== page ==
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  1. #1

    Join Date
    Jun 2021
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    17

    CNC to Metal Casting!




    I'd like to present this DIY process for CNC to metal casting.
    If you have a CNC machine and a casting furnace you can do this yourself.
    Feedback and comments welcome.

  2. #2
    Member
    Join Date
    Apr 2004
    Posts
    5402

    Re: CNC to Metal Casting!

    Sorry, Ramakarl, but that's all wrong. First off, the whole plaster step is unnecessary. The wooden carving will make a perfectly good pattern without going through all that. Second, you want to have a contoured pattern of an even thickness, cut on both sides, not just one. This goes in the middle of the flask, which should be divided into two parts (called the cope and the drag). That way, the thickness is controlled as well as the cooling of the metal. You ram the sand, then pull the two parts apart and reassemble the mold with holes cut into the top sand portion for the metal to enter and the air to exit. Pouring an open-faced mold just doesn't work too well, as you demonstrate. Your pouring technique is dangerous; you're not supposed to grip one wall of the crucible with your tongs and pour like that; this risks catastrophic failure, which would pour hot metal all over your tennis shoes (not the right attire for this process). Invest in a proper pair of tongs that grip the crucible on the outside, under the bulge, and a pouring ring that supports it while it's tipped. You can't just pour more aluminum on top of metal that's already cool; it just makes a mess, as you probably noticed. And please, lose the horrible music...
    Andrew Werby
    Website

  3. #3

    Join Date
    Jun 2021
    Posts
    17

    Re: CNC to Metal Casting!

    @awerby
    Rather than only criticizing my methods why not, at very least, ask my *why* I did certain things rather than assume or judge.

    I added the plaster step because it gives me the opportunity to select portions of the large woodwork and make additional pressings/casts into sand without having to cut up or modify the original woodwork. Its also a good skill to be able to cast into plaster, and gives creators more flexibility. This step lets me cast a positive metal relief from a negatively cut wood relief. Not possible the way you describe.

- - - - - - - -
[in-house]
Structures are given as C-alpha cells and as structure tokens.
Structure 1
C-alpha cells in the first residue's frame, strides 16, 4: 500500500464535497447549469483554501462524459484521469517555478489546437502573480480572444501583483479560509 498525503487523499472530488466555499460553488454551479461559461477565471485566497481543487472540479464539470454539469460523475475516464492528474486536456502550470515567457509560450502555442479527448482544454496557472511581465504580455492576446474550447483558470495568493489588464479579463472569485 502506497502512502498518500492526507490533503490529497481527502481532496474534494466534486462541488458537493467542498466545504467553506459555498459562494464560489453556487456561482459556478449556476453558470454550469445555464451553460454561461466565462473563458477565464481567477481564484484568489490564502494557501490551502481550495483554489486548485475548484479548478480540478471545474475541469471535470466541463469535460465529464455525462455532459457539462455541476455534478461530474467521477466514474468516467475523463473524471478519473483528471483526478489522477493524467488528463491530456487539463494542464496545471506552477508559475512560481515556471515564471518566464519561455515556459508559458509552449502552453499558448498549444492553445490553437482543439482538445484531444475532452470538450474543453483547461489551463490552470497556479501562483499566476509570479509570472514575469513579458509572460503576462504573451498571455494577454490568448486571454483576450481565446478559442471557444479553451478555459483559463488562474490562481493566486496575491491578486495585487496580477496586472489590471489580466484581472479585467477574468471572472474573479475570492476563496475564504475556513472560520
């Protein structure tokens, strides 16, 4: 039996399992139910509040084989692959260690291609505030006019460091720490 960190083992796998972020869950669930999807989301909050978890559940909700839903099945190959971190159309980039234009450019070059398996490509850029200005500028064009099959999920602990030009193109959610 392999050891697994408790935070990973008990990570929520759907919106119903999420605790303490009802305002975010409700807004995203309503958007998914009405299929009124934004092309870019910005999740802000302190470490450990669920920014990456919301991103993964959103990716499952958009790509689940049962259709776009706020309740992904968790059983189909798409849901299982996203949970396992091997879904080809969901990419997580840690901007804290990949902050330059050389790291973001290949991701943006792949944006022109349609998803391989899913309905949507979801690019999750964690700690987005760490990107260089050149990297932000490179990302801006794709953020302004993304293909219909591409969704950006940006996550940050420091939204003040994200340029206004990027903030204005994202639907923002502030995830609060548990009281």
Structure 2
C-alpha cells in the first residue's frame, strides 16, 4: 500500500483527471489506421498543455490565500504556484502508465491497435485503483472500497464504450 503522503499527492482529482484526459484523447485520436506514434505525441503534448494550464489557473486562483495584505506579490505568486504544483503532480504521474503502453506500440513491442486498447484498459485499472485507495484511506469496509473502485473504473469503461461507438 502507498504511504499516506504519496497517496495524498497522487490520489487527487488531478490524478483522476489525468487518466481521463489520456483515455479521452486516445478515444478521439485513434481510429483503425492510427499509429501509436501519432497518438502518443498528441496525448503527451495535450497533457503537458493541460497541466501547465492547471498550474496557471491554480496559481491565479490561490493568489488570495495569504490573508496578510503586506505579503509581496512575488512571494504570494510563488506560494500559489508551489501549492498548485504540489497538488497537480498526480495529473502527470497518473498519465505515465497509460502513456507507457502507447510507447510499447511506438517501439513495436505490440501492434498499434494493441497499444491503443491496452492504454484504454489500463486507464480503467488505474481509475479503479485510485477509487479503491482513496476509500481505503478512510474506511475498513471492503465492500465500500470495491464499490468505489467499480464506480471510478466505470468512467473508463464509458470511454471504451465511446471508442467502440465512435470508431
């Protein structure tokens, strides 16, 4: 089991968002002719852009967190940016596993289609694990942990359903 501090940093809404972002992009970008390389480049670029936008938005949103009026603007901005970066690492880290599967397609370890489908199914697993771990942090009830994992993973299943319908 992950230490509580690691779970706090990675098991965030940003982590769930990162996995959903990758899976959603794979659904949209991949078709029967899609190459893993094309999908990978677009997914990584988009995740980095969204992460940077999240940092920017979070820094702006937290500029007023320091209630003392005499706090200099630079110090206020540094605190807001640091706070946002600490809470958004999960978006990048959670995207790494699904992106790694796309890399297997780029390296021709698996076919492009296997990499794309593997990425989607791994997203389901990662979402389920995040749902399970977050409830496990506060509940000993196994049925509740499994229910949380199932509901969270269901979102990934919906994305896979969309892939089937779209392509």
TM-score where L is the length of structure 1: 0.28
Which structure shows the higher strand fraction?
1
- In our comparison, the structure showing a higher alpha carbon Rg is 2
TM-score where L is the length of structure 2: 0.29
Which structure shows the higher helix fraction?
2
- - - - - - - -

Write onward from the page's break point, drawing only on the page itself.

I am aware that casting typically involves a cope and drag, and have cast this way in the past. I choose an open, one-sided mold because the relief does not require two-part and is therefore simpler to construct and pour - and for others to learn how. I have seen videos of cope-and-drag two part molds poured horribly wrong without gating or venting, or just poured too quickly so that trapped air overheats, vaporizes, and causes a pressure explosion. This is less likely to happen with open-faced molds, since the air from the relief always has a place to escape (upward).

    Pouring an open-faced mold can work well. In this case it didn't (I believe not sufficiently heated). I am still learning how to pour larger, sheet-like, metal work without portions of it cooling before its complete, so cut me some slack or please feel free to describe how you would do it. Ideally I'd like to cast 3 x 3 ft. lacework-like metal or larger. Large iron fence castings are often done as open pours. That is the approach I'm seeking to replicate.

    As to the gripping of the crucible with tongs, you can point to GG-5500 and many other hobby furnaces which ship with these cheap tongs. I have used scissor tongs before, and I agree they are better, but I don't have a pair of those to fit my crucible at the moment.

    You say: "you can't just pour more aluminum on top of a metal that's already cooling.". I can, and I did.. I know that single pouring is the preferred way to cast a complete piece. However, having the incomplete partial cast, and knowing that additional metal would create a visible seam, I decided to do an additional pour both as practice and as visual experiment. I like how the seam appears in the final work.

    Fair point on the music. I am intentionally supporting open source (CC0, CC-BY) via FreeMusicArchive or similar, rather than using copyrighted musicians like most youtube videos (and hoping they pass contentID). However, because of that, the choices are much more limited. I welcome better music selections to fit the work. My work is intentionally in a non-spoken style as I am tired of 'How to DIY..' videos that are too literal. I am combining making with videography and nature. The steps are easily visible, visually, and talking about each is unnecessary when you can see it happen. The videos I post in Natural Making are more creatively edited and intentionally less descriptive. Thus I don't accept your 'get rid of music' statement for how I intend to present my work overall.